MIKA: So based on what’s happening now with Brexit, where it’s basically on pause, regardless of whether they decide to stay or remain – how do you think relations would change between the E.U. and other countries? For you personally, how do you think it will affect you as an individual?

ELLA: One thing that I felt it has affected is actually my passion about it – or my lack of passion I suppose. Because the process has been so dragged out, I think a lot of people have started to not care, so what we then end up seeing is that the people with such extreme opinions or extreme feelings about either “leave” or “remain” are the ones whose thoughts get vocalized and whose thoughts appear on the news, and so you don’t really see the opinions of people whose thoughts are in-between or on the fence because they’re just fed up of it at this point. I would say that I was definitely someone who… I mean I was very sad that I didn’t even get to vote because I wasn’t old enough at the time, and I would have voted “remain,” but now I just want the process to be over. I think it’s very frustrating that the constant rejections from the MPs [Members of Parliament] and the constant back and forth has just created such an attitude of “we don’t care what happens now–just get over it. Just either leave or don’t leave.”

MIKA: Right.

ELLA: It has seeped into so much of the media and TV shows – Brexit is talked about every single week in every single episode, whether it’s a comedic panel or something that is more politically inclined. The topic is just constantly Brexit. Everybody’s fed up with it now, and I definitely think that I don’t necessarily see a very strong relationship between the U.K. and other members of the European Union just because we aren’t giving a very clear stance, and I think so much pressure is being put on Theresa May to just essentially solve everyone’s problems, and that’s such a huge task, but no one seems to be trying to help… I think that it’s just such a heavy topic. I’m quoting someone else at this point, but there was a comedian on a panel and he was sort of saying that if we were to have a second referendum, the people who voted to leave, like – what has convinced them? At this point there has been no…. Like people’s opinions won’t have changed. And if anything, if we did have a second referendum, because people at this point are so dispassionate about it, we would probably not even see as many people turn out, and the vote would ultimately remain the same because people who want to leave want to leave and people who want to remain want to remain. And no one’s trying to convince them of anything other than that.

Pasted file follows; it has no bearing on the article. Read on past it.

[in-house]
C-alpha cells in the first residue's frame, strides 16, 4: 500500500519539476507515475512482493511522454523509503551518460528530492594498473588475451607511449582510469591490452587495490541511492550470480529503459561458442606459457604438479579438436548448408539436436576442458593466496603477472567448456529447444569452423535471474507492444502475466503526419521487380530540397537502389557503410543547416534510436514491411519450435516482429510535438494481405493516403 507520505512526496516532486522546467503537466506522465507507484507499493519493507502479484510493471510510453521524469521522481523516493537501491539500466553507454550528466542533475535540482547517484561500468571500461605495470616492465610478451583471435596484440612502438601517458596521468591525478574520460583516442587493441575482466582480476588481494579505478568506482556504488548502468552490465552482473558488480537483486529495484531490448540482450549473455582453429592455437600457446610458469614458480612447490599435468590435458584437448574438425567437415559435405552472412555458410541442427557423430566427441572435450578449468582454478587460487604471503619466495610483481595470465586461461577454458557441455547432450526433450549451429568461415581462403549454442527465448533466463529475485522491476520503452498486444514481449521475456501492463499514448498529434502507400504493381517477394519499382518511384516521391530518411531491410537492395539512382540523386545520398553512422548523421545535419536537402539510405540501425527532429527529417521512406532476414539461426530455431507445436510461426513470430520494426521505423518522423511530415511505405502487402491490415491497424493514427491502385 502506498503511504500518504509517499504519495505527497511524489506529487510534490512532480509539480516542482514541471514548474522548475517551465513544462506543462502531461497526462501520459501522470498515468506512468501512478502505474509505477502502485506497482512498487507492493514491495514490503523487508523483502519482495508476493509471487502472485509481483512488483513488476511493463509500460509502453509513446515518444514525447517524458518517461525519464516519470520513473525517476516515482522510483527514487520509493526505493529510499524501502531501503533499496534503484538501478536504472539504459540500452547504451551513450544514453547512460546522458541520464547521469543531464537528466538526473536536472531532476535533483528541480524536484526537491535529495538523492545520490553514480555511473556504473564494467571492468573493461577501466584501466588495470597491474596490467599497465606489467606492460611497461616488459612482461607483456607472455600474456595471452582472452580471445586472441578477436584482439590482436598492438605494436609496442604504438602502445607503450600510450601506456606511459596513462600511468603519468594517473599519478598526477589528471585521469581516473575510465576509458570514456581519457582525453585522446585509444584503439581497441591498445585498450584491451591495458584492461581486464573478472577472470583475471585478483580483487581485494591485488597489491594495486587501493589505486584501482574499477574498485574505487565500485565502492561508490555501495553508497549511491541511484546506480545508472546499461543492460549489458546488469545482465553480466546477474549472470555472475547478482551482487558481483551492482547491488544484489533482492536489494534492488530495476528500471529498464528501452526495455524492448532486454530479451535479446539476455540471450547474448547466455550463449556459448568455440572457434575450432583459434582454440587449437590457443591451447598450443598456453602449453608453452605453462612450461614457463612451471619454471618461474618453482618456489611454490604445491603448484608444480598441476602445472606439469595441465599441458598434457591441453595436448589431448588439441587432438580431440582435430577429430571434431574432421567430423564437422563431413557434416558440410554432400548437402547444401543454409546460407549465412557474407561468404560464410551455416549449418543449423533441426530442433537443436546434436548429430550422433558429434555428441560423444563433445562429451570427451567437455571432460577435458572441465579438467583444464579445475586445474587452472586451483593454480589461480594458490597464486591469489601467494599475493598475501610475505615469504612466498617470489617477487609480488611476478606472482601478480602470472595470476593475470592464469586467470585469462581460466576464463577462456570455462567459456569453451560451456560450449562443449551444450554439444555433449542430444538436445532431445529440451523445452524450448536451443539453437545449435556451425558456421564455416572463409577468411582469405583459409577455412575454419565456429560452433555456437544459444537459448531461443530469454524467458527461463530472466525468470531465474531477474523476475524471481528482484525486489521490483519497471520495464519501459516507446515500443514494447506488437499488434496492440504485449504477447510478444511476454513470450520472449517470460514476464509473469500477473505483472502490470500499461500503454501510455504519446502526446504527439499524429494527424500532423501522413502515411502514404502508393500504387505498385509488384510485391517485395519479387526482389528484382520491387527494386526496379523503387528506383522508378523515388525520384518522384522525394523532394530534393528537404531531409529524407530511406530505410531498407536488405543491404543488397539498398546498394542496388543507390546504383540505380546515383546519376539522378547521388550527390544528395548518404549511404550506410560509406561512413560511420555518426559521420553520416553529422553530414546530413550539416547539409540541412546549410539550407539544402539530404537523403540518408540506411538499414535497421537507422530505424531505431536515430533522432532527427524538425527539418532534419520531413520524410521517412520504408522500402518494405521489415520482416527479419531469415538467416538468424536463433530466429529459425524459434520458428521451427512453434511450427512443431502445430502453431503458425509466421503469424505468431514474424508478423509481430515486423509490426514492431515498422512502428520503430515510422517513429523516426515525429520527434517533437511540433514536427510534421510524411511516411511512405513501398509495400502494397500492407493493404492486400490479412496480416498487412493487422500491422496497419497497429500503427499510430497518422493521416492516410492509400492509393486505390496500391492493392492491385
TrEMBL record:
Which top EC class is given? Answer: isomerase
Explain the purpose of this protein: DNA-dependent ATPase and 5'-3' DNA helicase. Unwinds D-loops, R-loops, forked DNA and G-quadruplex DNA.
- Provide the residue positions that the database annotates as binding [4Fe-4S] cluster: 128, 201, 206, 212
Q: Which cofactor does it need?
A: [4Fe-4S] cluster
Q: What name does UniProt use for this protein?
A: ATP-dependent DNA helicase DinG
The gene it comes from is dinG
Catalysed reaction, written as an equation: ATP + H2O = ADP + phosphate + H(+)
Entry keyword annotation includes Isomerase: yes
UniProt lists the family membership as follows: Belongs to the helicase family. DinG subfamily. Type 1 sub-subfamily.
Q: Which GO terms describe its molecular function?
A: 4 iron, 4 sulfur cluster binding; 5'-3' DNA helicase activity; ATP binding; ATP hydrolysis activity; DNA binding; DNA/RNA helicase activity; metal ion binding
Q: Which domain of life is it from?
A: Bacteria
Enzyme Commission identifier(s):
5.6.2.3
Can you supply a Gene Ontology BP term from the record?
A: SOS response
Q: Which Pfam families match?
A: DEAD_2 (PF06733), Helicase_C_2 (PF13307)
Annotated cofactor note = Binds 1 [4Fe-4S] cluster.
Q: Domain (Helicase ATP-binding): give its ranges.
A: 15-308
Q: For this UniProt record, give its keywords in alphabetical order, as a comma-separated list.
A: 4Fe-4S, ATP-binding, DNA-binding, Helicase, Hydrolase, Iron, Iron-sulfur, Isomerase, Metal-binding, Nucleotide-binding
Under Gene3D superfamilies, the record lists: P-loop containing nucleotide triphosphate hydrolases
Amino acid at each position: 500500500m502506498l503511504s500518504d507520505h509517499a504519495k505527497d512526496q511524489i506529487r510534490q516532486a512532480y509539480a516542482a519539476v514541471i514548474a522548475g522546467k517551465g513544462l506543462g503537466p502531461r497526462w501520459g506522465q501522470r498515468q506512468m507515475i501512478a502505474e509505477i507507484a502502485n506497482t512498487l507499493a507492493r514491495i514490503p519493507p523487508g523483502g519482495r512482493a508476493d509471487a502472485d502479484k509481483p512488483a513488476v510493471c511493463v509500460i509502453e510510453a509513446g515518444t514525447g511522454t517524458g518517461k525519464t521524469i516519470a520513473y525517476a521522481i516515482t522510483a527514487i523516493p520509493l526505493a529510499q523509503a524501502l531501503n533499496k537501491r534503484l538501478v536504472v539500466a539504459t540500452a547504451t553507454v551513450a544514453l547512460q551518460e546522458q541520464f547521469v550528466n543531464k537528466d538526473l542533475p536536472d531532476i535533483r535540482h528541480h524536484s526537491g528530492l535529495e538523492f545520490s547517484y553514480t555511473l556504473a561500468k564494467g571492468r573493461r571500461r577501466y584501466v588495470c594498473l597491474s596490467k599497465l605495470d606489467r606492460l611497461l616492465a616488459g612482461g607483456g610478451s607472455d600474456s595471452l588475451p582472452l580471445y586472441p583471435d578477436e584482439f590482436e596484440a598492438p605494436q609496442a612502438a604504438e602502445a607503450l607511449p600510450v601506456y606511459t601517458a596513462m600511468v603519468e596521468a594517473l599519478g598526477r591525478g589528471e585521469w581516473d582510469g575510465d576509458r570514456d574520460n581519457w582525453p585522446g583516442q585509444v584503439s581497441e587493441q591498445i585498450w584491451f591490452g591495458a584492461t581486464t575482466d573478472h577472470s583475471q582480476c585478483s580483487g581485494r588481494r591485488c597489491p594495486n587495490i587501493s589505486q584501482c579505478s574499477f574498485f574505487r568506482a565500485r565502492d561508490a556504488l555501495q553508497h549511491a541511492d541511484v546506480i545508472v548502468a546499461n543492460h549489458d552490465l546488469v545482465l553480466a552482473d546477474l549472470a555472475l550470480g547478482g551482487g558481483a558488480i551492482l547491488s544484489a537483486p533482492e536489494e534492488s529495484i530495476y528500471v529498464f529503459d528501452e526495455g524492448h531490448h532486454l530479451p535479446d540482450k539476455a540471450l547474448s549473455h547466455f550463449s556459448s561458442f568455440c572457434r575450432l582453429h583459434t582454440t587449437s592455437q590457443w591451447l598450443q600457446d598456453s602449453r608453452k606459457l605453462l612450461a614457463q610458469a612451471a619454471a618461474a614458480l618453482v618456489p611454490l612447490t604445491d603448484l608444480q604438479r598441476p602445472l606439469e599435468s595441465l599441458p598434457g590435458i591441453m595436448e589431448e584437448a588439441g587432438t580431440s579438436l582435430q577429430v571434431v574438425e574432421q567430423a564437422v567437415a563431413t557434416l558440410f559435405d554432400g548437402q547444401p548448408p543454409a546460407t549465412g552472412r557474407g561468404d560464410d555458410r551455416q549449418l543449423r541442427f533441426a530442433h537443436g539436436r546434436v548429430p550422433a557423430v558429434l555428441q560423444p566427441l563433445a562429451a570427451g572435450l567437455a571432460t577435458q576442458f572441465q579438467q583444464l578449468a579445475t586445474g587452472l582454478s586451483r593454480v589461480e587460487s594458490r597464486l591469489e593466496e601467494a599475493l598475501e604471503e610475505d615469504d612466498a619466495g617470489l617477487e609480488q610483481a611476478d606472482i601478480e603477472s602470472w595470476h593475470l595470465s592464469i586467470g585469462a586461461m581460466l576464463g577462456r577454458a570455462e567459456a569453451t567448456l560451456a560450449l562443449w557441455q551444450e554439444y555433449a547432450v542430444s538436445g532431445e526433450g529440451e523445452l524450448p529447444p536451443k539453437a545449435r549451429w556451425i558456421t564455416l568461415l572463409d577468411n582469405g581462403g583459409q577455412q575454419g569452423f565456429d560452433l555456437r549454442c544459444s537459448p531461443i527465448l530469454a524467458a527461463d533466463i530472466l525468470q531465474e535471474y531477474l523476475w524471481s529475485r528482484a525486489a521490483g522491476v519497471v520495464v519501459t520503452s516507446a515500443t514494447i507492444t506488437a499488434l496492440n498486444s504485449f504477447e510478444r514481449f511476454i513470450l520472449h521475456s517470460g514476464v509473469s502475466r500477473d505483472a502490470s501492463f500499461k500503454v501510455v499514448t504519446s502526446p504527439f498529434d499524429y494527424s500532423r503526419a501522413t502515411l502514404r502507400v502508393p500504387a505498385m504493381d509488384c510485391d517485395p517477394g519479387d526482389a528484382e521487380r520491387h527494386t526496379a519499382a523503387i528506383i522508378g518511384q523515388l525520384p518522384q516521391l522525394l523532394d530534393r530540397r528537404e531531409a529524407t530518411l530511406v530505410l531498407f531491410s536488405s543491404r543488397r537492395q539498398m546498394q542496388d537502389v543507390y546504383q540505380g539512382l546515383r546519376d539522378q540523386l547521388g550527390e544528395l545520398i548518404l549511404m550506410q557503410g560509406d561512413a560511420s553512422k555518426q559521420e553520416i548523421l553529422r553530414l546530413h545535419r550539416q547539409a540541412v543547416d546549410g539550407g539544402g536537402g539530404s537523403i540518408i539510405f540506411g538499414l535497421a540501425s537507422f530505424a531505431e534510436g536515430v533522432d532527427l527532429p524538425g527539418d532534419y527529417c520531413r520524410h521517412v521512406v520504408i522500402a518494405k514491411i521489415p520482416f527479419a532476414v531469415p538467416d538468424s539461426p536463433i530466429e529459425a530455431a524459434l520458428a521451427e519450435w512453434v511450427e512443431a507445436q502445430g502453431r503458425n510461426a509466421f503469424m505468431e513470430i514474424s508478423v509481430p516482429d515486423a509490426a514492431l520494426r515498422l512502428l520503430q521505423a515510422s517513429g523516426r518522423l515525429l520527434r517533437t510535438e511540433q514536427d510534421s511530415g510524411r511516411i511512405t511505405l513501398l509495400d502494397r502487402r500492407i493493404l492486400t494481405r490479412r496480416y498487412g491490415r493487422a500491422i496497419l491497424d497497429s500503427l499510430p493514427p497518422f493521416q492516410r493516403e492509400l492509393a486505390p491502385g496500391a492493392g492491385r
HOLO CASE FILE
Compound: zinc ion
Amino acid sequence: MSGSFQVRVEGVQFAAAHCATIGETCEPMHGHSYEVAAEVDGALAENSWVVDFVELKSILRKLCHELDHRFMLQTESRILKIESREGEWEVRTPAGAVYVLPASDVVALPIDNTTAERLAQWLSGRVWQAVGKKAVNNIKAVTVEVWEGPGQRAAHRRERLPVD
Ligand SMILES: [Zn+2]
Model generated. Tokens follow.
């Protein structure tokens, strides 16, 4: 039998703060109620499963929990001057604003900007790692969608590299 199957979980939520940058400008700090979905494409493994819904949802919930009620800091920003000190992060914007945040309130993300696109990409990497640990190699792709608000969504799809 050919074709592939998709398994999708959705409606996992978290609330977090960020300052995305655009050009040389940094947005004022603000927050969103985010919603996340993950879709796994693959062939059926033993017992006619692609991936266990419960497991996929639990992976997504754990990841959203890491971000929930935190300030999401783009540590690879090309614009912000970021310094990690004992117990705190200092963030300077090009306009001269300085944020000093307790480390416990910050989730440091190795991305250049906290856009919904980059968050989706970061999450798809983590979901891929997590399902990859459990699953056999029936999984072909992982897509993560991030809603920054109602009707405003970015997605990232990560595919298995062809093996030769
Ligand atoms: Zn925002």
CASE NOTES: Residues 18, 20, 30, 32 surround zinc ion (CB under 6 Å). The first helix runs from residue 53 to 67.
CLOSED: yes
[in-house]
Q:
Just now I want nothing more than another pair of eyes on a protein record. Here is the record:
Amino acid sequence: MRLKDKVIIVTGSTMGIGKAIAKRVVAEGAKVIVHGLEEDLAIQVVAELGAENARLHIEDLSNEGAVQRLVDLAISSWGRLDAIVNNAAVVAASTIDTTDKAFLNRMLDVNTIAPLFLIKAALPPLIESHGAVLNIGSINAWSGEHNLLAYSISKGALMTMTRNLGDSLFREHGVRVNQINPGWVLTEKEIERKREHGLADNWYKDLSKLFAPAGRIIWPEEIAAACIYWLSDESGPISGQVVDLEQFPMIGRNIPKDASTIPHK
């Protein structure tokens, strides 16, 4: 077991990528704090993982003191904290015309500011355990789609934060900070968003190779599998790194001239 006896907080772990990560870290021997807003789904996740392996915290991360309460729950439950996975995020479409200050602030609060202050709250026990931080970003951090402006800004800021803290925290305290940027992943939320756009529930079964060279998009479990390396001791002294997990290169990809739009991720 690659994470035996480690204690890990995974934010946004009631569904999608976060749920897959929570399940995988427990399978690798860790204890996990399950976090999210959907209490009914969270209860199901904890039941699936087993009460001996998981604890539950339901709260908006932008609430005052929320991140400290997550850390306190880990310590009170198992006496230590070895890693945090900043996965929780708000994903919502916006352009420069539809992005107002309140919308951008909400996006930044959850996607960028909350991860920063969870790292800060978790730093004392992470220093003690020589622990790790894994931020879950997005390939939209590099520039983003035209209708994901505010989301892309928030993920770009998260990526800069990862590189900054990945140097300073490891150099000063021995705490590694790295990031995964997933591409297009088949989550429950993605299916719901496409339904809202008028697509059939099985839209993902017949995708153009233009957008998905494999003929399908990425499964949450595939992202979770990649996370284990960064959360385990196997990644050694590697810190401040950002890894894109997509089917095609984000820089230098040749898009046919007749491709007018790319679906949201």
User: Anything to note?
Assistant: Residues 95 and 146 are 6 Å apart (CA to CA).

MIKA: You mentioned that you weren’t able to vote the last time. So this time would you be eligible, and who else was eligible to vote last time?

ELLA: It was eligible for people 18 and older.

MIKA: And was it only citizens?

ELLA: Yeah. So I would be able to vote. But I think in the sense that because it was such a close call, people can’t necessarily say too strongly that their vote counted toward too much, because essentially if they were going to vote “leave,” then someone else was going to vote “remain.” Everything was just balanced out. And because it’s been years since the vote happened, if we were then to bring it back again, it’s like cutting open a wound. It’s not even stitched up at this point, [the wound is] still open. It’s just dragging out again, like bringing the knife out. I think that students, 18-year-olds who may be able to vote if we were to have another referendum, I think they just want to see progress, and they want to be moving on with their lives. And I think a lot of people are trying to not sever ties, but I have a lot of friends who are trying to study abroad and move away from this, which it’s so hard, because it’s not helping, because then the people who are left behind and these people like I’ve said before who have such extreme but contesting opinions are never going to compromise.

MIKA: As a student from England studying abroad in the U.S., how do you think your opinions have changed based on what you’ve seen in politics over here, or even looking back at home and not being in the midst of all of it, how do you think that’s affected your perspective?